👉 Get your free transitional movement cheatsheet.
If you’re just starting out (or getting back into it), of course you should spend quite a bit of time building up strength in fundamental positions and exercises. But after a certain point, you’re hitting diminishing returns on just how helpful those exercises will be for you. It can be different for everyone, but once you’re knocking out a few sets of 15 repetitions without a lot of strain, you’d benefit from moving on.
Keep those basics in your training as a nice warm-up, but after that’s done, you’ll find so much value in exploring how to move your body in different ways.
Practice Transitional Movements with Mobius
We just released a new program soon which is specifically designed to help build control, balance, and agility across every plane of motion, so that your body is prepared to handle whatever life throws at you, as well as any sport-specific or skill-based goals you may have. We don’t recommend that beginners start there, because it’s essential to build up basic movement patterns first (that’s what Elements is for).
In the meantime, if you’re ready to take your movement practice to the next level, let’s look at some concrete ways you can do that.
Try This: 3 Ways to Get Better at the Movements In-Between
The concept of training the “in-between” is pretty novel for most people, and can seem a bit vague at first. How can you actually go about doing this? Here are 3 suggested things you can try:
1. Hang Out in Your Weak Spots
This can be an uncomfortable and rude awakening for a lot of people. Rather than rushing through the weakest part of an exercise, take some time to hang out there, move around, and explore.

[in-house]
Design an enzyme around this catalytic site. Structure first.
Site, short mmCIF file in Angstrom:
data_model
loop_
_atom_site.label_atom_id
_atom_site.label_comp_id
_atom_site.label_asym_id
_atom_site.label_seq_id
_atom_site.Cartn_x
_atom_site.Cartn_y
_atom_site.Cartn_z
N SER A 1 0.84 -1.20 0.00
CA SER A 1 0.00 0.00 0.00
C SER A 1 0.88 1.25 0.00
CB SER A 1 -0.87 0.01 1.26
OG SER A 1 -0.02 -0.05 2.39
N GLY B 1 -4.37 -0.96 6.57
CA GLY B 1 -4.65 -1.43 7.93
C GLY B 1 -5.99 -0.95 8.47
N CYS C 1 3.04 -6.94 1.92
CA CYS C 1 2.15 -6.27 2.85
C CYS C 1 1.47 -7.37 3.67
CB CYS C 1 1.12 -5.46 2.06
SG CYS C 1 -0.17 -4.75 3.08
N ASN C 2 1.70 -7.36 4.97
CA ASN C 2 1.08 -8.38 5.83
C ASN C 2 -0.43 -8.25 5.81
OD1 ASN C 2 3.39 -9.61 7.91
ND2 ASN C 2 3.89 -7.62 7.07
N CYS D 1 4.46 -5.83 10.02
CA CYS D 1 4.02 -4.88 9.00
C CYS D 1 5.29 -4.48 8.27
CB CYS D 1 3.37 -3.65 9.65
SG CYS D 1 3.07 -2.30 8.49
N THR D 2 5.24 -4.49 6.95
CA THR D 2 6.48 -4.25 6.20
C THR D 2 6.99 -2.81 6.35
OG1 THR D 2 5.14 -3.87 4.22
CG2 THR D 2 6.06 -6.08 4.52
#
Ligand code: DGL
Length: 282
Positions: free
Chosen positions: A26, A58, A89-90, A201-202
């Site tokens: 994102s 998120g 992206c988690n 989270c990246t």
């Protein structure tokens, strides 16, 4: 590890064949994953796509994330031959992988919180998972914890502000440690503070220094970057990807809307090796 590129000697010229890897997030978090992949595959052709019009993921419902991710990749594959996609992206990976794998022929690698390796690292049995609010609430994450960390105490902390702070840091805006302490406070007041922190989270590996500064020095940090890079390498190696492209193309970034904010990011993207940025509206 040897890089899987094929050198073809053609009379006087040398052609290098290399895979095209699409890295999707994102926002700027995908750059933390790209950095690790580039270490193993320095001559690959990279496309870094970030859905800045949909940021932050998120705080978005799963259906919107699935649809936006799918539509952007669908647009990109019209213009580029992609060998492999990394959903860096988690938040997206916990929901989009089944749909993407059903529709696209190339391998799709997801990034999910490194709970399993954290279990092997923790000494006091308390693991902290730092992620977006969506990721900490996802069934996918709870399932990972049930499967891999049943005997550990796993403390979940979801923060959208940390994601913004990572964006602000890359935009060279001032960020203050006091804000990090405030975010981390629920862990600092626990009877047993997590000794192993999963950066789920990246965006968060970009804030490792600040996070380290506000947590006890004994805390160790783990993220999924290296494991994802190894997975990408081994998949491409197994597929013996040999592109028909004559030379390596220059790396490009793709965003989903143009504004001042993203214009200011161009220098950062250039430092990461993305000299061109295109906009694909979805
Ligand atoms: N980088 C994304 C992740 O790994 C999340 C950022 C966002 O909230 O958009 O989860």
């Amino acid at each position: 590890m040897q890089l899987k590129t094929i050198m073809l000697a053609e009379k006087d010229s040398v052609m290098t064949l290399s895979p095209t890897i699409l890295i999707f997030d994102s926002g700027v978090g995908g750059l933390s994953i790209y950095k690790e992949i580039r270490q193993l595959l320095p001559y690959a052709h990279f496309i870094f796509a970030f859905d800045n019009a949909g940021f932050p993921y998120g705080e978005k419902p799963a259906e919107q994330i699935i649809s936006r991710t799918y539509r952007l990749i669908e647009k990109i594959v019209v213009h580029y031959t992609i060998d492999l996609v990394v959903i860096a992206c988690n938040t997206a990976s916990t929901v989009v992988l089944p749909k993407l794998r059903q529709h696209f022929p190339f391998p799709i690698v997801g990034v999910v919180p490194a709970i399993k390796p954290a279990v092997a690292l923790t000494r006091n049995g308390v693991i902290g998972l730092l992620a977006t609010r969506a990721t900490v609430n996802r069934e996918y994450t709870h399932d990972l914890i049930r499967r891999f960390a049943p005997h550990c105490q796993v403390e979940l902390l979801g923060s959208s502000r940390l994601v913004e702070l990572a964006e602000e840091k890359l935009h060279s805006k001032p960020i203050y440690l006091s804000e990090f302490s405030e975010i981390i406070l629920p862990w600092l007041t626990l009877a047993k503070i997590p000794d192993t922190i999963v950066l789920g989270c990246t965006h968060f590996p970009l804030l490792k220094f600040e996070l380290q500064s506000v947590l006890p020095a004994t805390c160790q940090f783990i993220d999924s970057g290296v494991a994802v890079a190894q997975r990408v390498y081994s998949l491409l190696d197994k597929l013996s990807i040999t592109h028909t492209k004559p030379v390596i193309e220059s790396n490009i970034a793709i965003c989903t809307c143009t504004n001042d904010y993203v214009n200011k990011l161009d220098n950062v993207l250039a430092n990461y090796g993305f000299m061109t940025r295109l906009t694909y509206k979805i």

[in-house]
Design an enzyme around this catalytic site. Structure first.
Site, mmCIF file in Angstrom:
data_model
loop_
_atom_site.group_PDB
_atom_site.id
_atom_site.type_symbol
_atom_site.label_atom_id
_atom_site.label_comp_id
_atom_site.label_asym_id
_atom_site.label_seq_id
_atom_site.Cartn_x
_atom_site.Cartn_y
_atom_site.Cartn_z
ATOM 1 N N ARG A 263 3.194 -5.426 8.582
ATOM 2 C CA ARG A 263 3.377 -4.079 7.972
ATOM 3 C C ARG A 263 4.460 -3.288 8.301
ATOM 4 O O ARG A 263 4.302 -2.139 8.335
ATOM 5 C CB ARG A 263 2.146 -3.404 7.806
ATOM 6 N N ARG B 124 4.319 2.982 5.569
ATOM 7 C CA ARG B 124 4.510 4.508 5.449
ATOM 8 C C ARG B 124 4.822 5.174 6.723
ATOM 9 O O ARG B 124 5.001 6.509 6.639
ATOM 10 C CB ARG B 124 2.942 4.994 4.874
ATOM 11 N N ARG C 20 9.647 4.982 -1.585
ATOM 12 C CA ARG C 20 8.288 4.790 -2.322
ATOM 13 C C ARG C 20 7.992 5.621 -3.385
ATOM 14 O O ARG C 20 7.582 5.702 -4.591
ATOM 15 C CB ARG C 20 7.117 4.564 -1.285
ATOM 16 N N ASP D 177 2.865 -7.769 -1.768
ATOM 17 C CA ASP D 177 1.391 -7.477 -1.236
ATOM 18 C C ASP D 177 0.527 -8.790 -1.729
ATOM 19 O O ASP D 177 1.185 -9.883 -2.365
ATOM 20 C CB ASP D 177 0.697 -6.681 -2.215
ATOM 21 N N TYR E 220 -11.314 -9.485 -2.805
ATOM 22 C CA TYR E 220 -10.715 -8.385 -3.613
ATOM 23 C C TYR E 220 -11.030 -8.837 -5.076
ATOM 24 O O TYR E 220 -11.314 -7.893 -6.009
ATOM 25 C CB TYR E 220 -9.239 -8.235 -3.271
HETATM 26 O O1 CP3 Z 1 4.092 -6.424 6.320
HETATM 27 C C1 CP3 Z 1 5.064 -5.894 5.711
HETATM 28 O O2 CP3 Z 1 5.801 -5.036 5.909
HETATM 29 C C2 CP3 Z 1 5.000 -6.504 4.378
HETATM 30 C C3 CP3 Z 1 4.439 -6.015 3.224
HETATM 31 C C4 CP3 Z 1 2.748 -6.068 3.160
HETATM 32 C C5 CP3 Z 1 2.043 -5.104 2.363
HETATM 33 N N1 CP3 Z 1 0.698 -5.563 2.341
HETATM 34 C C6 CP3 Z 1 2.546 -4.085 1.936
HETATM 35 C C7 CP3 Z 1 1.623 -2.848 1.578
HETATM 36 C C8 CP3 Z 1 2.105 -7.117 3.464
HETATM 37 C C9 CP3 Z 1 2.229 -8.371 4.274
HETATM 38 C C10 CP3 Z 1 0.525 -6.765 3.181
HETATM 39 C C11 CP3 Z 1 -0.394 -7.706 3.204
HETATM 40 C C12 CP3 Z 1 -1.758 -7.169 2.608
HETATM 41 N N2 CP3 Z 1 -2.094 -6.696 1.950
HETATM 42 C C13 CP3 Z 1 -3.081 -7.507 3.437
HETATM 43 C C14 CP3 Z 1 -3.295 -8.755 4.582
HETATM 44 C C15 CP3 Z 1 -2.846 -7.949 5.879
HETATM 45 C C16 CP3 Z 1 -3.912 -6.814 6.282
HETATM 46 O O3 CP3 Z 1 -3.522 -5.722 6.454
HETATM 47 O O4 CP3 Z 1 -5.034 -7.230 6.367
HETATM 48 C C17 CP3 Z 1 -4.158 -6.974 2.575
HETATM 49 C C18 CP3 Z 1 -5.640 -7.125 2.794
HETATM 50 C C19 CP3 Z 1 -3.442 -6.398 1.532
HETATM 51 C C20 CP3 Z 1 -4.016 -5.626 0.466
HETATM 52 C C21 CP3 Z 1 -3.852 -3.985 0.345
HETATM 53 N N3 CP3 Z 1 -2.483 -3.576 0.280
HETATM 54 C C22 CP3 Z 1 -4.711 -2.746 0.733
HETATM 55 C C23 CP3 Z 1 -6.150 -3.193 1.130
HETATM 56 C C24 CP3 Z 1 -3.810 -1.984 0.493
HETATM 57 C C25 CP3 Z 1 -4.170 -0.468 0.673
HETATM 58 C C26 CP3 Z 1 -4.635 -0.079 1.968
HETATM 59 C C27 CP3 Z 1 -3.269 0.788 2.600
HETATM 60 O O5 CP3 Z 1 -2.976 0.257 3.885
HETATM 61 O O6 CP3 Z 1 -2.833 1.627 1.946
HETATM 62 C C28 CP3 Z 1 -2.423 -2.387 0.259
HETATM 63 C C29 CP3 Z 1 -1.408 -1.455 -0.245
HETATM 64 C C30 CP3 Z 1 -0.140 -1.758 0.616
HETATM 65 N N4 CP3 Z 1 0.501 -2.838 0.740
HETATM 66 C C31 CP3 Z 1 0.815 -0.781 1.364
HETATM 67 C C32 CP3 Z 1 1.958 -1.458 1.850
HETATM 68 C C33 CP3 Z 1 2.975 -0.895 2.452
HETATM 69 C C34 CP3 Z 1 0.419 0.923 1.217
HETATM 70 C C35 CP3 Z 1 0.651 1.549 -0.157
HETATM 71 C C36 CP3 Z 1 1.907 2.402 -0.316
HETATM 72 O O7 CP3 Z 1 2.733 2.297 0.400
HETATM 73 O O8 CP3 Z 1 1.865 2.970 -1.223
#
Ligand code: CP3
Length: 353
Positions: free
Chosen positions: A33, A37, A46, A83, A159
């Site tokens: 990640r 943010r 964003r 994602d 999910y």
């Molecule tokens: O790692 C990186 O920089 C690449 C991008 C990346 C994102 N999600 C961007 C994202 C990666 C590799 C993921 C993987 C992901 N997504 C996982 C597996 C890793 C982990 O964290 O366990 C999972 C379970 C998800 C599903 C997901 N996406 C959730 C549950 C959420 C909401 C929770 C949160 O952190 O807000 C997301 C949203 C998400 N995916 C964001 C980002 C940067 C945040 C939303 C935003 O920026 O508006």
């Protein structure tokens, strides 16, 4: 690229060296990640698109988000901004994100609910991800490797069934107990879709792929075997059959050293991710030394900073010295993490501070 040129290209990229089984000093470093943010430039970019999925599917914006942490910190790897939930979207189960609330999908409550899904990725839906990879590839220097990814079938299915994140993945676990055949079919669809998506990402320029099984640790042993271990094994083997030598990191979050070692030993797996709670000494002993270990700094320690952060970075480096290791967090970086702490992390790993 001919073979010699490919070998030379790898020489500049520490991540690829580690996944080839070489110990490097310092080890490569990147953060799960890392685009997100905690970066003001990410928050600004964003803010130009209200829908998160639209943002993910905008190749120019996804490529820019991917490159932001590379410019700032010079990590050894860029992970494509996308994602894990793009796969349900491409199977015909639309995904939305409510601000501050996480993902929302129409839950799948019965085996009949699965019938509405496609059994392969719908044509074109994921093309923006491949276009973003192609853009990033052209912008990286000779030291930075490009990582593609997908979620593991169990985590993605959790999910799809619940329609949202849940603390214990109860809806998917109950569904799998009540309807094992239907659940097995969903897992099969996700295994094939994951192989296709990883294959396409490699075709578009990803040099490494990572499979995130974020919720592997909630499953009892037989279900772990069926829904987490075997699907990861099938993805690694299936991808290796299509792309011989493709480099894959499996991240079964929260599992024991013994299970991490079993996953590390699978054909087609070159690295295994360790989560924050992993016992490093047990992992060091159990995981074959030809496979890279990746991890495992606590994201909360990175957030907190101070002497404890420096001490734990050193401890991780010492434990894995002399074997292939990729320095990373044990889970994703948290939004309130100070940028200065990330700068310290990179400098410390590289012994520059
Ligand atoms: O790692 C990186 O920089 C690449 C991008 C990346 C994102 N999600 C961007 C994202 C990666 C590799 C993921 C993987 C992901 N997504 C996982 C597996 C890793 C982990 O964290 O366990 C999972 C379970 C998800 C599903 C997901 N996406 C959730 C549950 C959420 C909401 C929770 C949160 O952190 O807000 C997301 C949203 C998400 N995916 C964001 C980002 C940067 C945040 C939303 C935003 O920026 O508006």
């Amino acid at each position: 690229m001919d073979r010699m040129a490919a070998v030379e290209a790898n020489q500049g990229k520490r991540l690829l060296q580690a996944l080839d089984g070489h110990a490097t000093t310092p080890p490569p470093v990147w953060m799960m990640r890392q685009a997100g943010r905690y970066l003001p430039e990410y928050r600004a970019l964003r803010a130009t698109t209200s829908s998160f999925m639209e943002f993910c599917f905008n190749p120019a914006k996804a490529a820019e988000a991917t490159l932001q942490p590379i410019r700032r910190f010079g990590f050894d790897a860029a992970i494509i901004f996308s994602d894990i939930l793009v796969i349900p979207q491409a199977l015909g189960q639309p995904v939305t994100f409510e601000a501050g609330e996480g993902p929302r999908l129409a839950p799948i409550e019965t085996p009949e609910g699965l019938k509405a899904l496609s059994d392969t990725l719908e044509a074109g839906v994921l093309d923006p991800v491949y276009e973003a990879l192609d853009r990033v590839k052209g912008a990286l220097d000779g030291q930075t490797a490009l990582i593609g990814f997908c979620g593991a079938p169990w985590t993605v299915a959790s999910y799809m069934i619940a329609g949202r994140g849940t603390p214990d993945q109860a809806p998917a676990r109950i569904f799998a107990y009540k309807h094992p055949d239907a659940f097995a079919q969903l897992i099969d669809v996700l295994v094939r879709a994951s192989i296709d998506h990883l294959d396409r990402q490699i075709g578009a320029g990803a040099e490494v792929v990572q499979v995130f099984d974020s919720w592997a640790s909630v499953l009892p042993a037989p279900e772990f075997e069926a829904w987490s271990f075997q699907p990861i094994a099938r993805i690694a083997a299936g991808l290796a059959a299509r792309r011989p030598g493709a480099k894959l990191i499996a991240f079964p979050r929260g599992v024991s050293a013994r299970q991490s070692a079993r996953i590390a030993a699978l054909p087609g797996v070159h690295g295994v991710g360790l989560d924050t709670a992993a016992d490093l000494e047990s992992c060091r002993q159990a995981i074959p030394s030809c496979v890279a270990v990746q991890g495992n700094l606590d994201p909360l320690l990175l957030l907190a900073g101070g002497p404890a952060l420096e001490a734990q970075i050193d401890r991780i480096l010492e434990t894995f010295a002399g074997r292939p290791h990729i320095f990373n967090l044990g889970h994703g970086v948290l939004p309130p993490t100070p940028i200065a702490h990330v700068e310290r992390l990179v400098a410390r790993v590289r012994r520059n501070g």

If you’re working on push-ups, for instance, you might find that the bottom 6 inches are the weakest for you—you have to use a lot of momentum to push yourself up from the bottom each time, but once you get past those 6 inches, you’re good to go.
So, instead of quickly pushing through that part of the exercise, spend some time in that weak spot.
Maybe push yourself up just 3 inches and hold, then shift your body forward and backward, side to side, in circles, diagonally—play around in all directions, then lower yourself back down to the ground. Work on this for a while and you’ll find find your strength and control will improve drastically in the push-up (and that’ll carry over into lots of other areas).
2. Move Around in the Squat
The squat is one of our favorite exercises to play around with these kinds of “in-between” movements or positions. That’s because, for one thing, getting strong and controlled in your squat means you’ll be stronger and more controlled in whatever you need to do. For another thing, it’s such a versatile exercise that can be practiced in so many different ways.
Even if you’re not able to do a deep squat right now, there’s still a lot you can work with. You can hold on to something to keep yourself from falling over, or you can even squat down onto a low stool.
Play around with squatting down then twisting your body one way and then the other. Move your knees in and out, one at a time, and then both together. Shift your weight forward and backward, then try to shift your weight all the way onto one foot, then the other.
When you’re comfortable with that, play with placing your hands on the ground in front of you, jumping your feet forward to meet your hands. Then do the same to one side and the other.
Now, try rotating as you squat down, or squatting with one foot snaked behind the other.
The possibilities are endless! (See what I mean about versatility?). No matter how you slice it, playing around with awkward positions within the squat will make you stronger and more controlled in those “in-between” positions. Which brings me to the next tip…
3. Practice Movements That Feel Awkward
Getting into awkward or uncomfortable positions may not sound like a lot of fun, but actually, it can be just the opposite!